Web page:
Does Vic Chesnutt apologize wherever he goes? Or was there some embarrassment last time he came to town? At the brink of launching their set, Chesnutt signaled for Elf Power to hold back as he riffed, solo, a musical apology: “Hello, everybody. It’s good to be here, again. Last time I got too drunk. Sorry.” Bemused chuckles riffled through the gathering of fans as, without missing a beat, the band launched into “Mystery”, the opening track from their just-released collaboration Dark Developments.
As much as Chesnutt apparently enjoys changing up through collaboration (with Bill Frisell, Widespread Panic, Van Dyke Parks, e.g.), it’s surprising that he hasn’t connected before with his fellow Athens, Georgia, artists Elf Power. While Chesnutt’s dark and intricate poetry may not seem an intuitive fit with the Elephant 6 model, Elf Power has frequently explored dark terrain with their pop psychedelia, and are lyrically no strangers to the long, slow grind of ignominy.
Elf Power’s opening set highlighted a few songs from the band’s own March 2008 release In A Cave, but also ranged through their catalogue to include “Hole In My Shoe” from 2004′s Walking With The Beggar Boys and three cuts from 2006′s Back To The Web. The latter collection’s Middle Eastern influence infused “An Old Familiar Scene” and “Come Lie Down With Me”, but “All The World Is Waiting” was played for the thrills and chills of a warp-speed set-closer. With the election still on everyone’s minds, the line “Everyone can see, the world is coming free,” no doubt had a special resonance for many in the room.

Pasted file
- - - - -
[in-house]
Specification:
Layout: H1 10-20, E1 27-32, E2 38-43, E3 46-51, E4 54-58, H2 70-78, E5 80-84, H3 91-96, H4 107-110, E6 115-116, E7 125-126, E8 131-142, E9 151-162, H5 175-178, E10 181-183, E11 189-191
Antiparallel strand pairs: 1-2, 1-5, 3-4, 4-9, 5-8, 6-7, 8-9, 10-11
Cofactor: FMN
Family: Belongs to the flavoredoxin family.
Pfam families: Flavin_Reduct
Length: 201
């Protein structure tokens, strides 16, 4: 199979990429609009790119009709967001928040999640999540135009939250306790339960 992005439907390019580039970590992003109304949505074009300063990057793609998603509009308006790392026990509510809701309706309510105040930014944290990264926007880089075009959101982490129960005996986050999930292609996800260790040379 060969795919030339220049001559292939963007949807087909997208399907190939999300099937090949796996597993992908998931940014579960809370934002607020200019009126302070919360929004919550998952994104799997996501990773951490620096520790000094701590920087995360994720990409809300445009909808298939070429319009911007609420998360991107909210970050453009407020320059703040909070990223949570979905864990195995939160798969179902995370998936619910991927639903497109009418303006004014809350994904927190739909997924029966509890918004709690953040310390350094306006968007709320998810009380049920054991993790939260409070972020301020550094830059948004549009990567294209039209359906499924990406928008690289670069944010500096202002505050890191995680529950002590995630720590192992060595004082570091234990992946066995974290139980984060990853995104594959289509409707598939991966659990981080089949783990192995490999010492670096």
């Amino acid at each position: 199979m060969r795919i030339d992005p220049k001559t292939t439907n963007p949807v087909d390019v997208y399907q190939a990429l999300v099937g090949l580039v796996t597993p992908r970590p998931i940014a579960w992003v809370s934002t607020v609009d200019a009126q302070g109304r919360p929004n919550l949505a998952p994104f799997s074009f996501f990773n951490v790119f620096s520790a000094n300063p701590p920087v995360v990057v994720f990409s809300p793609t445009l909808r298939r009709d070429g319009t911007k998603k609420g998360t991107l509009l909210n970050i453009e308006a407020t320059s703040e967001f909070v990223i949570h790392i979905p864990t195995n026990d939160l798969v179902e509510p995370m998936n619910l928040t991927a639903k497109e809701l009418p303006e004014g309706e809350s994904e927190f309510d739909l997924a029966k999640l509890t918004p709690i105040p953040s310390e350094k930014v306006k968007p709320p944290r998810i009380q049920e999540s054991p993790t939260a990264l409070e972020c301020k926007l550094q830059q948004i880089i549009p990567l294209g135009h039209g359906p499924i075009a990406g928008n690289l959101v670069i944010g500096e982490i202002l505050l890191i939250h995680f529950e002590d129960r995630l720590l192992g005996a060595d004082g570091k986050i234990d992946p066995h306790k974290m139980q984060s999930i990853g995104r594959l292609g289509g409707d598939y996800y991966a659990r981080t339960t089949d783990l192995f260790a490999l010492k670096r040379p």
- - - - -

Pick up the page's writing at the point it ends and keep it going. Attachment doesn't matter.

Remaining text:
Video for Elf Power’s “All The World Is Waiting”.
Chesnutt, too, had the election on his mind. He opened his Dark Developments song “Phil the Fiddler” with a long and funny explanation that it had nothing to do with Joe the Plumber. When the time came to sing the line “Joe the hotel boy,” though, he sang Joe the plumber, anyway. Nothing in the song compares poetically, however, to the lyric “the boy with the aubergine eye” – or, musically, to Chesnutt chewing on his guitar strings in the outro.
Like Elf Power, Chesnutt also drew from his back catalogue, highlighting “Independence Day” from his 1990 release Little and, as if in tribute to this venue inside the venerable Hotel Congress, “Old Hotel” from his 1998 disc The Salesman And Bernadette (a collaboration with Lambchop).
The set’s most humorous features, though, were a couple of songs from the new album: “We Are Mean”, about how country folk and city folk are really pretty much the same, and “Little Fucker”, a song Chesnutt says he wrote about himself. It’s hard to believe, though, that he’s only poking fun. The song says he’s more trouble than he’s worth, that he can’t keep up, that the occasional tear in his eye isn’t worth taking seriously. But what if all that leads to helpless abandonment? Clearly, he does think about that. Of all his quirkily detailed and deeply personal songs, this one might be the most impossible to cover.